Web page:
Microsoft’s Strategy In The Private-Cloud Computing World
The private-cloud computing world has been bombarded with a barrage of service providers. In the thick of this barrage, Microsoft has emerged with innovative and accessible ideas. To start off, Microsoft’s private-cloud platform includes the general purpose windows server and the system center, which is optimized for top management.
The thing which makes Microsoft different from other private-cloud service providers is that they have come up with a fourfold strategy that easily surpasses any other competitor in the market. The first fundamental of their strategy revolves around the notion that all the infrastructure that a company deploys will be impactful only if the business is productively able to run applications on top of it. Bound to simplify the entire application life cycle, Microsoft gives visibility to the internals of the application and simultaneously gives rich diagnostics to the operator.
Interestingly, Microsoft’s private-cloud solution supports multiple hypervisors. So, whether it be VMware, Citrix or Hyper-V, Microsoft is comfortable with any of them. The interesting aspect of the scenario is that Microsoft has made cross-platform integration much easier, and users now have the liberty to join, while at the same time interoperating with other tool sets they find easier to use.
What Microsoft’s next fundamental points to is a cloud on the user’s terms. This signifies that users start from where they are, and that they do not have to reboot or retool themselves as their private-cloud transition takes place. Time and valuable resources are effectively saved in this way.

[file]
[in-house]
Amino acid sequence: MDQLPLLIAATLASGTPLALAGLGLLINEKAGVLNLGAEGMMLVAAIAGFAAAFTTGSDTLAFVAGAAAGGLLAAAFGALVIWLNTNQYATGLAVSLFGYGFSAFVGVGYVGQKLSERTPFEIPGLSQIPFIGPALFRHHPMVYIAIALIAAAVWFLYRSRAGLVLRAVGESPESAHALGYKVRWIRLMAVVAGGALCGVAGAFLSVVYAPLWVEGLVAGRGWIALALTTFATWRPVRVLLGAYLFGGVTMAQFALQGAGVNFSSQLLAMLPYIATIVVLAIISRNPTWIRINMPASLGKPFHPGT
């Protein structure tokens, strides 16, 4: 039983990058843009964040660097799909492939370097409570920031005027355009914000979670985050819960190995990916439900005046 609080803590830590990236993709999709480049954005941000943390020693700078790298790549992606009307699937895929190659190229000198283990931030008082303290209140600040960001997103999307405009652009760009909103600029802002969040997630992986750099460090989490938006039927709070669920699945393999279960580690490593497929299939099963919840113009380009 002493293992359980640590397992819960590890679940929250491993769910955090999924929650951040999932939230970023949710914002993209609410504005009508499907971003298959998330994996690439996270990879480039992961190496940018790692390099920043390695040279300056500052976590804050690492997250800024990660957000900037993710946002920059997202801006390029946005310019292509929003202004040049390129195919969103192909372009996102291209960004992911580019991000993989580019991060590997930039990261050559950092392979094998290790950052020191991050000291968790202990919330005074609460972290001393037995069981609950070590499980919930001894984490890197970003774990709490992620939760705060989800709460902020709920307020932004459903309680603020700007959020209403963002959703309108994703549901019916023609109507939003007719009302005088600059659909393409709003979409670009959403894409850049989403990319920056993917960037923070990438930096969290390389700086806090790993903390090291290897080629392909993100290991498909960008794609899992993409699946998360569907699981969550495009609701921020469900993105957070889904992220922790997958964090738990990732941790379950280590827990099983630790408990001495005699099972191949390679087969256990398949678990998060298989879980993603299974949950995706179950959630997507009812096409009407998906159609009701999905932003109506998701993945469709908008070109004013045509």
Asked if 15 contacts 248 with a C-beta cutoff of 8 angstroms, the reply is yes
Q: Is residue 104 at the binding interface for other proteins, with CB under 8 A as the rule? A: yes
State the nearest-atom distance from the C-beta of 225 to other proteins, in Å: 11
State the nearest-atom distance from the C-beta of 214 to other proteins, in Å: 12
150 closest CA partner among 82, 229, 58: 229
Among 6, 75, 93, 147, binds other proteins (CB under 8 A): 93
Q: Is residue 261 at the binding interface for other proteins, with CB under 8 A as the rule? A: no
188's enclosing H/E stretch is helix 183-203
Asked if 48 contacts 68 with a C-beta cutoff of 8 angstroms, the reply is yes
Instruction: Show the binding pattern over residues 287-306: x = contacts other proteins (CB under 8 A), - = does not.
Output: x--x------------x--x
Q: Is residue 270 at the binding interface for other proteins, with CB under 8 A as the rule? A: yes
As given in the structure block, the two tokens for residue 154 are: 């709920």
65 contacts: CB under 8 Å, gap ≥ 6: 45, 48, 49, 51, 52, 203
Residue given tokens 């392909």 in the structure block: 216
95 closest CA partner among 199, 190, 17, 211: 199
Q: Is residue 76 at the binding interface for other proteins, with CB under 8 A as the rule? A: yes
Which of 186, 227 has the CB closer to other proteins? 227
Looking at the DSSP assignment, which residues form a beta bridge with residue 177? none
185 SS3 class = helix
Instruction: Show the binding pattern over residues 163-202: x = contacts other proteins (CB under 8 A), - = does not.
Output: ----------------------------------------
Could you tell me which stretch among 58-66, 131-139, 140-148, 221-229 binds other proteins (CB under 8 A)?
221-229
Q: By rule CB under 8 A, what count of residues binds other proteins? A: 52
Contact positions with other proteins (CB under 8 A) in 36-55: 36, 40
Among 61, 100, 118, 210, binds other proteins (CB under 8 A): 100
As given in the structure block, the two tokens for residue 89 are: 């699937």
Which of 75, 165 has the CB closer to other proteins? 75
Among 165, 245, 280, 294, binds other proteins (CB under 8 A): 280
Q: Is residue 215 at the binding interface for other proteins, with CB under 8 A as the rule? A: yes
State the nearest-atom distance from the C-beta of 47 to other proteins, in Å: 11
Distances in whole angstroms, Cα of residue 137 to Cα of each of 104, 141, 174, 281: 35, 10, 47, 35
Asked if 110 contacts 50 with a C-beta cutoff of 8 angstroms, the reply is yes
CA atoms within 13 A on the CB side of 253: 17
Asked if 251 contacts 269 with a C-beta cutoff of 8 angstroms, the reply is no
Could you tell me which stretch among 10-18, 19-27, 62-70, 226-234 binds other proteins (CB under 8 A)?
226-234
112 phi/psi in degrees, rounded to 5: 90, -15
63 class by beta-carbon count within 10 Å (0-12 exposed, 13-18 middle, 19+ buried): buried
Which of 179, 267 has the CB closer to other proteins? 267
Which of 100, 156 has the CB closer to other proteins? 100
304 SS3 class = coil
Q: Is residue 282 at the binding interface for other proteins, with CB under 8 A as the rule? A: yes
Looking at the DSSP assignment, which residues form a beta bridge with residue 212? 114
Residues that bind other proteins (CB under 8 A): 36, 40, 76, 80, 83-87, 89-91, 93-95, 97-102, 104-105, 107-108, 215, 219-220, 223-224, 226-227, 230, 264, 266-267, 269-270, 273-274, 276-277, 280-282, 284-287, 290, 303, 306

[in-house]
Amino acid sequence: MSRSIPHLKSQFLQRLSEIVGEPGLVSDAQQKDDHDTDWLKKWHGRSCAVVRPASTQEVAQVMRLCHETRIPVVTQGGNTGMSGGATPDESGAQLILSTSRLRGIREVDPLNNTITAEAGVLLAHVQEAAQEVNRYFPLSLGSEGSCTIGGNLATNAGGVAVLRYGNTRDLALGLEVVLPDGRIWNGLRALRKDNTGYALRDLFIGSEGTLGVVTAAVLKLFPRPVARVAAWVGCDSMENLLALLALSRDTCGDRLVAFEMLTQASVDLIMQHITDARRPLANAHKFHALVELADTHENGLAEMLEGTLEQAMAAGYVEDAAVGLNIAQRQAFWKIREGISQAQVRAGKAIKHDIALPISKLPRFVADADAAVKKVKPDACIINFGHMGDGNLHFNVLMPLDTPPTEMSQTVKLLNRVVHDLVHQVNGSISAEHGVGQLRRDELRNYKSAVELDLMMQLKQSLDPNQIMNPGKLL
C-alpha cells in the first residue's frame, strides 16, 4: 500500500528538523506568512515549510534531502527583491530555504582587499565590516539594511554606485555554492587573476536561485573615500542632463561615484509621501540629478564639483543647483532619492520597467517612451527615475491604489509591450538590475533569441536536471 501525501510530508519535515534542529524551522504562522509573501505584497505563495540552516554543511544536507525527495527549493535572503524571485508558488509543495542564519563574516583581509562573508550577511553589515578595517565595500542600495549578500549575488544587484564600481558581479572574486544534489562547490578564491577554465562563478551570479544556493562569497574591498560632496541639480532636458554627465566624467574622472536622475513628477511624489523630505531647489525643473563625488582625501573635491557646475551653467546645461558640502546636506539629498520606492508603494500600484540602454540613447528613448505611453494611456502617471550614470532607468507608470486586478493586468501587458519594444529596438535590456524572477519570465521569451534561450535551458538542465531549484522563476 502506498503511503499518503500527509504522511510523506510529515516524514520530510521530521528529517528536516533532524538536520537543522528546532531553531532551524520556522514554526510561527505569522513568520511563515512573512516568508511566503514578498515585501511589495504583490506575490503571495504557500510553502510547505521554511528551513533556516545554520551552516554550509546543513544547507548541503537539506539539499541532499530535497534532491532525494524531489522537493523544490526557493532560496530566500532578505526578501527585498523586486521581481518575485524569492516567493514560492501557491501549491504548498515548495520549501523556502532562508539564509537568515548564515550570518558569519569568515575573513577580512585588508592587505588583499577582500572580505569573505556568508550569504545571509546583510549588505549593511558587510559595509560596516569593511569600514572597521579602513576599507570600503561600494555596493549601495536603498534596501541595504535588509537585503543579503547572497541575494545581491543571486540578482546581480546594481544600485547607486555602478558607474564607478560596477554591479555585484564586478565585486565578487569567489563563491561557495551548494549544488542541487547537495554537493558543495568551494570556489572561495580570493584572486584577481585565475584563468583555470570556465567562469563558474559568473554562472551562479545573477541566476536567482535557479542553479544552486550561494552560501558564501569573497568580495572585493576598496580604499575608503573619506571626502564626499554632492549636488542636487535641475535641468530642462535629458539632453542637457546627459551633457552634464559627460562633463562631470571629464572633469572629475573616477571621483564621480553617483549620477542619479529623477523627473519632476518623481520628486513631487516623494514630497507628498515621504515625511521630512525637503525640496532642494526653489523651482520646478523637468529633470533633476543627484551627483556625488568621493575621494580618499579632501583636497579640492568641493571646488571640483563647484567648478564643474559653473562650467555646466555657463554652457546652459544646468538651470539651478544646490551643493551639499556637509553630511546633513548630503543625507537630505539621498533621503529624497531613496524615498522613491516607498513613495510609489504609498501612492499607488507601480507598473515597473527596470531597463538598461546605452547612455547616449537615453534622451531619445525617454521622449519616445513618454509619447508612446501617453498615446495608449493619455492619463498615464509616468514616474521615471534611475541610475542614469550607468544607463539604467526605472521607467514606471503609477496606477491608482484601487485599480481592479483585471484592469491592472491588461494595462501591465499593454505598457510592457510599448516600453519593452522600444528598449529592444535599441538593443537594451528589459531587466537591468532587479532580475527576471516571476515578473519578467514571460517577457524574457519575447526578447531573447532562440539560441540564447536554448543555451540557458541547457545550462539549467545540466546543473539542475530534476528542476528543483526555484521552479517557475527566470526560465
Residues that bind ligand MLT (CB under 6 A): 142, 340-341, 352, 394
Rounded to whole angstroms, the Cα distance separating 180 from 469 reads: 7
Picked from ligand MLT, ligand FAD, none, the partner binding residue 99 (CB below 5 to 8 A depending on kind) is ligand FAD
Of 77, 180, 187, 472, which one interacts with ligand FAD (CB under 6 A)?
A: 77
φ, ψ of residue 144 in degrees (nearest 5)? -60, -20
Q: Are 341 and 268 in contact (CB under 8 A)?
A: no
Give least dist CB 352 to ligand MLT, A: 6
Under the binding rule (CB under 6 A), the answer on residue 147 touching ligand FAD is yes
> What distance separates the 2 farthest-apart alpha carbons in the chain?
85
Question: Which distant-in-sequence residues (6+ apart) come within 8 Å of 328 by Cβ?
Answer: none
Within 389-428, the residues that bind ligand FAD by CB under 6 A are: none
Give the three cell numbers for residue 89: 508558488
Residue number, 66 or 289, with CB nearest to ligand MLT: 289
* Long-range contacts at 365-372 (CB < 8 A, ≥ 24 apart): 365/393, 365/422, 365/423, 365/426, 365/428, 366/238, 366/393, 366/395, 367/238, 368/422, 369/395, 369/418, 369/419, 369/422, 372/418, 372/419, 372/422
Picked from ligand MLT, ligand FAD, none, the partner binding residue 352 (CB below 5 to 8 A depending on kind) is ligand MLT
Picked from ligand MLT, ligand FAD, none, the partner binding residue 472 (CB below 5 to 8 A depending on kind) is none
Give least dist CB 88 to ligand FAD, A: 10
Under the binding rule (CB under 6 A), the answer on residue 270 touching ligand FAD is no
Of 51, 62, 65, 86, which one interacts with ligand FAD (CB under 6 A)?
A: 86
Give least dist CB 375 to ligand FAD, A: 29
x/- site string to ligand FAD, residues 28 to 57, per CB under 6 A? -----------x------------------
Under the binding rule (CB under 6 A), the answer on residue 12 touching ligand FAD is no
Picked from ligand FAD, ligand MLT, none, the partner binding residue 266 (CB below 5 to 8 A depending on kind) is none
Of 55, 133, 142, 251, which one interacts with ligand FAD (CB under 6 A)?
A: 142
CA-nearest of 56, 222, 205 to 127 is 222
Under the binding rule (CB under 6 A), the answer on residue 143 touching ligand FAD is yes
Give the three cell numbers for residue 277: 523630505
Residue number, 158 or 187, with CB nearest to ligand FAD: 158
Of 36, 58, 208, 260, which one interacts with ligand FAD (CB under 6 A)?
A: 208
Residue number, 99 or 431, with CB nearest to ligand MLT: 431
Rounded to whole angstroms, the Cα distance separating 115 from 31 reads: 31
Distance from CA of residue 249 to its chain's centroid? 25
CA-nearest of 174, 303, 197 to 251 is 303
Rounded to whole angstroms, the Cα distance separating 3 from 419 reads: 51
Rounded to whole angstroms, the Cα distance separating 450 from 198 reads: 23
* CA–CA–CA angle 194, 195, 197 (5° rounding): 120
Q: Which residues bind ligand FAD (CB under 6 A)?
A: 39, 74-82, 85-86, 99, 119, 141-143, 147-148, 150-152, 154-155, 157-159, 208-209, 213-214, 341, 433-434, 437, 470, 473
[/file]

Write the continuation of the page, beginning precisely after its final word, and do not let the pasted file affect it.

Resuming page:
Moving on to the private cloud’s infrastructure, Microsoft has one of the most productive architectures one could think of. It starts by analyzing the resources of an organization, which includes inspecting the different types of storage and hypervisors. Once everything is discovered, the organization can dynamically optimize processes. So predominantly, the organization is moving virtual machines around, making sure that the clusters are balanced and checking that the data center is utilized appropriately. This is followed by the delivery of resources to a self-service infrastructure, where they can be allocated to the appropriate business units.
Microsoft is allowing users to adopt the private cloud at their pace and on their terms. These strategies may have led Microsoft to win a handsome market share including market giants such as Coca-Cola, but the cloud-computing world is extremely volatile. Let us wait and see what lies ahead.
By Haris Smith